During ventral forebrain development, orthologs of the homeodomain transcription factor Nkx2.1 control patterning of hypothalamus, preoptic region, and ventral telencephalon. However, the relative contributions of Nkx2.1 and Nkx2.4 to prosencephalon development are poorly understood. Therefore, we analyzed functions of the previously uncharacterized nkx2.4-like zgc:171531 as well as of the presumed nkx2.1 orthologs nkx2.1a and nkx2.1b in zebrafish forebrain development. Our results show that zgc:171531 and nkx2.1a display overlapping expression patterns and a high sequence similarity. Together with a high degree of synteny conservation, these findings indicate that both these genes indeed are paralogs of nkx2.4. As a result, we name zgc:171531 now nkx2.4a, and changed the name of nkx2.1a to nkx2.4b, and of nkx2.1b to nkx2.1. In nkx2.1, nkx2.4a, and nkx2.4b triple morpholino knockdown (nkx2TKD) embryos we observed a loss of the rostral part of prosomere 3 and its derivative posterior tubercular and hypothalamic structures. Furthermore, there was a loss of rostral and intermediate hypothalamus, while a residual preoptic region still develops. The reduction of the ventral diencephalon was accompanied by a ventral expansion of the dorsally expressed pax6, revealing a dorsalization of the basal hypothalamus. Within the telencephalon we observed a loss of pallidal markers, while striatum and pallium are forming. At the neuronal level, nkx2TKD morphants lacked several neurosecretory neuron types, including avp, crh, and pomc expressing cells in the hypothalamus, but still form oxt neurons in the preoptic region. Our data reveals that, while nkx2.1, nkx2.4a, and nkx2.4b genes act partially redundant in hypothalamic development, nkx2.1 is specifically involved in the development of rostral ventral forebrain including the pallidum and preoptic regions, whereas nkx2.4a and nkx2.4b control the intermediate and caudal hypothalamus.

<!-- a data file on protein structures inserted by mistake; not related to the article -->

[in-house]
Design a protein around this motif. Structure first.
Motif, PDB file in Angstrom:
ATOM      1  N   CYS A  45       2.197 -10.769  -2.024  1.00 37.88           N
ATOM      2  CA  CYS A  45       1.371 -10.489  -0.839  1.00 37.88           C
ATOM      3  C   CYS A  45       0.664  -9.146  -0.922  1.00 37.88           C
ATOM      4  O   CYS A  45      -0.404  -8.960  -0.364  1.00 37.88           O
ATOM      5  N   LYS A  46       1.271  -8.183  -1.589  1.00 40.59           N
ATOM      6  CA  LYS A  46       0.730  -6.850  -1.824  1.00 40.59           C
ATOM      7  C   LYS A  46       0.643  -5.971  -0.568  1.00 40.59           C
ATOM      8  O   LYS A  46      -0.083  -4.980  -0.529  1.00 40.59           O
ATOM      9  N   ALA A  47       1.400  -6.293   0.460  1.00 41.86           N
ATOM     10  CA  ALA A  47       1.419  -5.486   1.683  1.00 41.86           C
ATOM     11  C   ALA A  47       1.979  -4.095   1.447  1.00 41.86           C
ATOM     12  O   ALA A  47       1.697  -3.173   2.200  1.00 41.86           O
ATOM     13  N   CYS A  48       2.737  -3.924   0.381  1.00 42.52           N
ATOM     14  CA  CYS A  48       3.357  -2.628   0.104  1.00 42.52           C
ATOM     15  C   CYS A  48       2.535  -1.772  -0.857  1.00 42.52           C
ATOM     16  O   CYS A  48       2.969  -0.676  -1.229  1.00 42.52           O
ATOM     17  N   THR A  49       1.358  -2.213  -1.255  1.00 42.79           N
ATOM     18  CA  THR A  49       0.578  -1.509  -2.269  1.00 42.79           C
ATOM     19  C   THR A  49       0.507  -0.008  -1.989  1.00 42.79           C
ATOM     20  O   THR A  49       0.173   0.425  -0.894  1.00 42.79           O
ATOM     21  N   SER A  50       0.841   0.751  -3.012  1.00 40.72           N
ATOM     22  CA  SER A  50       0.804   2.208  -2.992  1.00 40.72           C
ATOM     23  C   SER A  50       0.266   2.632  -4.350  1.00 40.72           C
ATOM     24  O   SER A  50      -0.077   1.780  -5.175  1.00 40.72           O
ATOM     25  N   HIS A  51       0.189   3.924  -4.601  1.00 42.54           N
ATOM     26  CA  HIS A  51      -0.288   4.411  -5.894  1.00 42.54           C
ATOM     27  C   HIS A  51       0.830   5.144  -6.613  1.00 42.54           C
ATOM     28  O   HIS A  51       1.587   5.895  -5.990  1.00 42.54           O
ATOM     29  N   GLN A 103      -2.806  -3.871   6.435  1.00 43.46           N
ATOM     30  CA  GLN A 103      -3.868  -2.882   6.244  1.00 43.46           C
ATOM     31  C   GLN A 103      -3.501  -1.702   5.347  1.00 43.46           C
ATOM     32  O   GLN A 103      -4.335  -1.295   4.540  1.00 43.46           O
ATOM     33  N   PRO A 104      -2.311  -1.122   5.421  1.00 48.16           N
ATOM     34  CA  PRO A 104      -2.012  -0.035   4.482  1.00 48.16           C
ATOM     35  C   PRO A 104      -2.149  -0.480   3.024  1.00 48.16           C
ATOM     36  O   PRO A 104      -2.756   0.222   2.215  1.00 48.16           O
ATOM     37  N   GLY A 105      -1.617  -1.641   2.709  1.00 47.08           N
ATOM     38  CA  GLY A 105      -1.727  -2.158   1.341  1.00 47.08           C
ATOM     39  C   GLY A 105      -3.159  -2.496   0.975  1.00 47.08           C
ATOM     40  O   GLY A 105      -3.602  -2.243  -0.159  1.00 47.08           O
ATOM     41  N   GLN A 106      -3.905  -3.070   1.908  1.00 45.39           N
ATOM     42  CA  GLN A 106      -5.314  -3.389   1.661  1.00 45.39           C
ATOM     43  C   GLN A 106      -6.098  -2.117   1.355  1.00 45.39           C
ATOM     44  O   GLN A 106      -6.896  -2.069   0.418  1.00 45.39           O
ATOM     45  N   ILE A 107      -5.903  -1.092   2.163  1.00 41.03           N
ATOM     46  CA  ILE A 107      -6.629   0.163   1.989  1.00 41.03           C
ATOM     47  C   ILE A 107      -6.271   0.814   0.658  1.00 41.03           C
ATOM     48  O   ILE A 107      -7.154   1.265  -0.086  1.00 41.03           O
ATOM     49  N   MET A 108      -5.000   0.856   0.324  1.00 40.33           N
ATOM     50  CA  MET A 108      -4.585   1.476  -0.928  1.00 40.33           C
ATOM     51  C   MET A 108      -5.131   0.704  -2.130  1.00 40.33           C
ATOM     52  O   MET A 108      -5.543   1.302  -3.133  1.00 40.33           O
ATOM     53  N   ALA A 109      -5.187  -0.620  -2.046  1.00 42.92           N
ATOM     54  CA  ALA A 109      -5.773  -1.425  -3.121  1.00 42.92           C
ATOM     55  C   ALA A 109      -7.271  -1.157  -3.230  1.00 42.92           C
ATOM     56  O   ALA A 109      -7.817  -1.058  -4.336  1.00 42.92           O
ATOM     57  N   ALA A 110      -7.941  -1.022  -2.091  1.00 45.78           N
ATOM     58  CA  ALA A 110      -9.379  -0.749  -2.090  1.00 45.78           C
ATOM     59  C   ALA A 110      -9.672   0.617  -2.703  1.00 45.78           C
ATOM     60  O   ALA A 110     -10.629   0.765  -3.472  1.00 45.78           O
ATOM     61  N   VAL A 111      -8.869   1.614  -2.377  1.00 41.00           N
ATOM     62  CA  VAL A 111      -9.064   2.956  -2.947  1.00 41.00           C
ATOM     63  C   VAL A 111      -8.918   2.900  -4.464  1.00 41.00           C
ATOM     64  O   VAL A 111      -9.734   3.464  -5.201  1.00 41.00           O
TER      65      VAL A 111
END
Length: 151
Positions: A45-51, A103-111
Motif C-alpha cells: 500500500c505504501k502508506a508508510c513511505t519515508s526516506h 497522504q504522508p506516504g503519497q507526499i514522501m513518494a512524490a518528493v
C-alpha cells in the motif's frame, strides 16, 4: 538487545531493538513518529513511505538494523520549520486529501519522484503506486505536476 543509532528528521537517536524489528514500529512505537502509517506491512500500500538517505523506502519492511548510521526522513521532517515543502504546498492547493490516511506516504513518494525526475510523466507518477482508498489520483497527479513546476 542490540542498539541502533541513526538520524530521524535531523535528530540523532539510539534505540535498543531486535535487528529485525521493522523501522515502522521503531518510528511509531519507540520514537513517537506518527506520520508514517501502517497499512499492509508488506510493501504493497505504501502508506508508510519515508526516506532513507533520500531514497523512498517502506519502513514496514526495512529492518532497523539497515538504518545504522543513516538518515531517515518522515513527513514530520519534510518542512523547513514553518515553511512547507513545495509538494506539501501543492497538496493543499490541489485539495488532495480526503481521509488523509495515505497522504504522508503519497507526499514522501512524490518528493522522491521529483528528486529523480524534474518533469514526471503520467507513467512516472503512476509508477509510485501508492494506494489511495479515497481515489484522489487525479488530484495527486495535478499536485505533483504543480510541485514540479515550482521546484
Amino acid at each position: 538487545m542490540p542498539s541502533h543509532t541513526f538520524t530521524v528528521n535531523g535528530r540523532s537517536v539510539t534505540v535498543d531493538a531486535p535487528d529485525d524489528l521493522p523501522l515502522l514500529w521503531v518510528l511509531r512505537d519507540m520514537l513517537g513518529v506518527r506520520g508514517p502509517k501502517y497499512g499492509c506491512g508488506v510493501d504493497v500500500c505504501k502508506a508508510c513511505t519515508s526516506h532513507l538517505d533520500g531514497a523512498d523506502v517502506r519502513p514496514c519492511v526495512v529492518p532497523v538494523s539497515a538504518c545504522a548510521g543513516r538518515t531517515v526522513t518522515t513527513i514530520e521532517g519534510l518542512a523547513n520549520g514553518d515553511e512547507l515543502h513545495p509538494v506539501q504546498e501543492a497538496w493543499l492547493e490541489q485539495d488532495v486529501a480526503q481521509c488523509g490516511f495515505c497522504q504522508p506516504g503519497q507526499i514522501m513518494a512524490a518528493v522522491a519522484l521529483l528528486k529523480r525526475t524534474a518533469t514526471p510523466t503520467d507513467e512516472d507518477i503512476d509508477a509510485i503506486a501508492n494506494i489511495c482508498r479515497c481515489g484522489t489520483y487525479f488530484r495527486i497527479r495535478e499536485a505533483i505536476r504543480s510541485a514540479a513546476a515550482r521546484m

Manoli, M., & Driever, W. (2014). nkx2.1 and nkx2.4 genes function partially redundant during development of the zebrafish hypothalamus, preoptic region, and pallidum. Frontiers in Neuroanatomy, 8(DEC). https://doi.org/10.3389/fnana.2014.00145